He faces a lot of personal demons, demons which have affected the friends he’s brought along with him as well, and he clearly struggles with them. This really grounded the film and kept me engaged on a deeper level, making the story feel far more intimate and personal, despite the crazy things that happen when the shit hits the fan. Because of this, I felt invested in the film more than just wanting to see how the story ended. I wanted to see what happened to Gary, and was intrigued to see how the events in the film would affect his personal journey more than anything.
A Little Less Subtle
One of the great things that fans of the Cornetto trilogy have always loved, is that the films seem packed to the brim with subtlety. I swear, no matter how many times I’ve seen Shaun of the Dead (it’s been a lot), I still see something new, or something I hadn’t noticed before. It’s a nice treat, that makes every viewing feel fresh and engaging. Of the three films, though, The World’s End seemed to lack a lot of this subtlety.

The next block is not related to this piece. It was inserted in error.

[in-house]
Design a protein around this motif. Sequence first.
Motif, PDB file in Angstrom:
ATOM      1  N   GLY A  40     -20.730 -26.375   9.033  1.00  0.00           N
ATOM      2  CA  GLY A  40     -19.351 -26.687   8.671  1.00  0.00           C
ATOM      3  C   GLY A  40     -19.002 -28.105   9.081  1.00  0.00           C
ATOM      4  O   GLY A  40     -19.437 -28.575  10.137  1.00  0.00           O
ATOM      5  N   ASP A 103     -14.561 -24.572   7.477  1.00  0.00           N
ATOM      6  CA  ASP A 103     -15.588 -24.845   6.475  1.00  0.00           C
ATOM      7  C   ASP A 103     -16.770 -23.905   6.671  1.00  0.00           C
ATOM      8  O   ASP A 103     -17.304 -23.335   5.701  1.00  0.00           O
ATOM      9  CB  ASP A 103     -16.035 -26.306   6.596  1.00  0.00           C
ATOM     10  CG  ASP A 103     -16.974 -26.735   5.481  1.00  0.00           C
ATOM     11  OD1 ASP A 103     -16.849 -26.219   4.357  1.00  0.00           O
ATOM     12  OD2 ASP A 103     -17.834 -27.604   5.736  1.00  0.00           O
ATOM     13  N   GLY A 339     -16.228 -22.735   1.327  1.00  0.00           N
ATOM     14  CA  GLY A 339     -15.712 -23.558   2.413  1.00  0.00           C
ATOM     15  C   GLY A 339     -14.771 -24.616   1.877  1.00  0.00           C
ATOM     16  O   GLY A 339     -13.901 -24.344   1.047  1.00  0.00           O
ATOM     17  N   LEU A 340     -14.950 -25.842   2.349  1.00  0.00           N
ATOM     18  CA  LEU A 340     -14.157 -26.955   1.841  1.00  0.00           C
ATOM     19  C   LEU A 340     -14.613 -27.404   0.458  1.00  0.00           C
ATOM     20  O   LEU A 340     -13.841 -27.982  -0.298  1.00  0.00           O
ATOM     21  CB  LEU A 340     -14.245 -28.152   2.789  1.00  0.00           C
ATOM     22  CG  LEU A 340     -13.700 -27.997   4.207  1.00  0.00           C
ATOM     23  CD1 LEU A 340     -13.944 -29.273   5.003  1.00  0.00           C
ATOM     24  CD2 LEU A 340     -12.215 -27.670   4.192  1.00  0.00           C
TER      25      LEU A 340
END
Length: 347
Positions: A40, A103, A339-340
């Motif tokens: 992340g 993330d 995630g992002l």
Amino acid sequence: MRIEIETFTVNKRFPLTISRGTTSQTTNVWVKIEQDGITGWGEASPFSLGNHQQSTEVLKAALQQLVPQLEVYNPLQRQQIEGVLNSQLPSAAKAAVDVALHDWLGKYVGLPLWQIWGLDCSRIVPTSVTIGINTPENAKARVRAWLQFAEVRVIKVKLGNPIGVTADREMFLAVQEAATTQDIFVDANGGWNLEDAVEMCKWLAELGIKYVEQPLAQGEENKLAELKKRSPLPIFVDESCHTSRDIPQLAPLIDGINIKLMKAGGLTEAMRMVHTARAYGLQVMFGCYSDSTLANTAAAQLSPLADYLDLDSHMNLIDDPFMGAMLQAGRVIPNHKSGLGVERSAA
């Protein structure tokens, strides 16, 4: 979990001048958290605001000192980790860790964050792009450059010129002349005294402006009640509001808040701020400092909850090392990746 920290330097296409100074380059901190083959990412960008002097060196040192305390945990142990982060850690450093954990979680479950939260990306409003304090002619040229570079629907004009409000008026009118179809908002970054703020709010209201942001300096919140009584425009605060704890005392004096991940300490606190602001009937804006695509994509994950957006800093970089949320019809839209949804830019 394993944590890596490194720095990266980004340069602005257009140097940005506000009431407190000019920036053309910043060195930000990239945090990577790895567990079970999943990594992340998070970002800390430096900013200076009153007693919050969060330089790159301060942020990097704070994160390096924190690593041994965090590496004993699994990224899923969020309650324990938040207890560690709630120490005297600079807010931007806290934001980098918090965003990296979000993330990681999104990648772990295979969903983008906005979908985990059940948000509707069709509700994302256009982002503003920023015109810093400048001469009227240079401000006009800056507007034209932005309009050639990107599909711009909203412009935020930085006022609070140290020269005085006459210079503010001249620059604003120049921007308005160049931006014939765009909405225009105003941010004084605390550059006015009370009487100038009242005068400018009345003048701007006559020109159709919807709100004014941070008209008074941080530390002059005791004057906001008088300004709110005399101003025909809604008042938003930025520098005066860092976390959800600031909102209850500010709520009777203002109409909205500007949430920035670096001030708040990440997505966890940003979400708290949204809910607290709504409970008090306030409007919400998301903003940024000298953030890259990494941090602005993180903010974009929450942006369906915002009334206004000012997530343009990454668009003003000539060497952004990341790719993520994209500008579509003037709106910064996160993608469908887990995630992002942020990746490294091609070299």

It felt like a more straightforward journey, with a more clearly defined pattern to it. While I’m sure there are things I missed and can look forward to enjoying upon future viewings of the film, I don’t think there will be quite as many as before. This isn’t necessarily a bad thing, but considering what’s been established in the previous films, it’s kind of a bummer, and truly one of the only problems I had with the film (if it can even be considered an issue).
At the end of the day, The World’s End is an incredible film that manages to continue the magic that was started with Shaun of the Dead and make us all hunger for more. It’s brand of humor will delight all audiences, and features a compelling story that has you caring about the characters and how it will all shake out. This is definitely not a film you want to miss.
You’ve heard my thoughts on the film, now it’s time to tell us yours!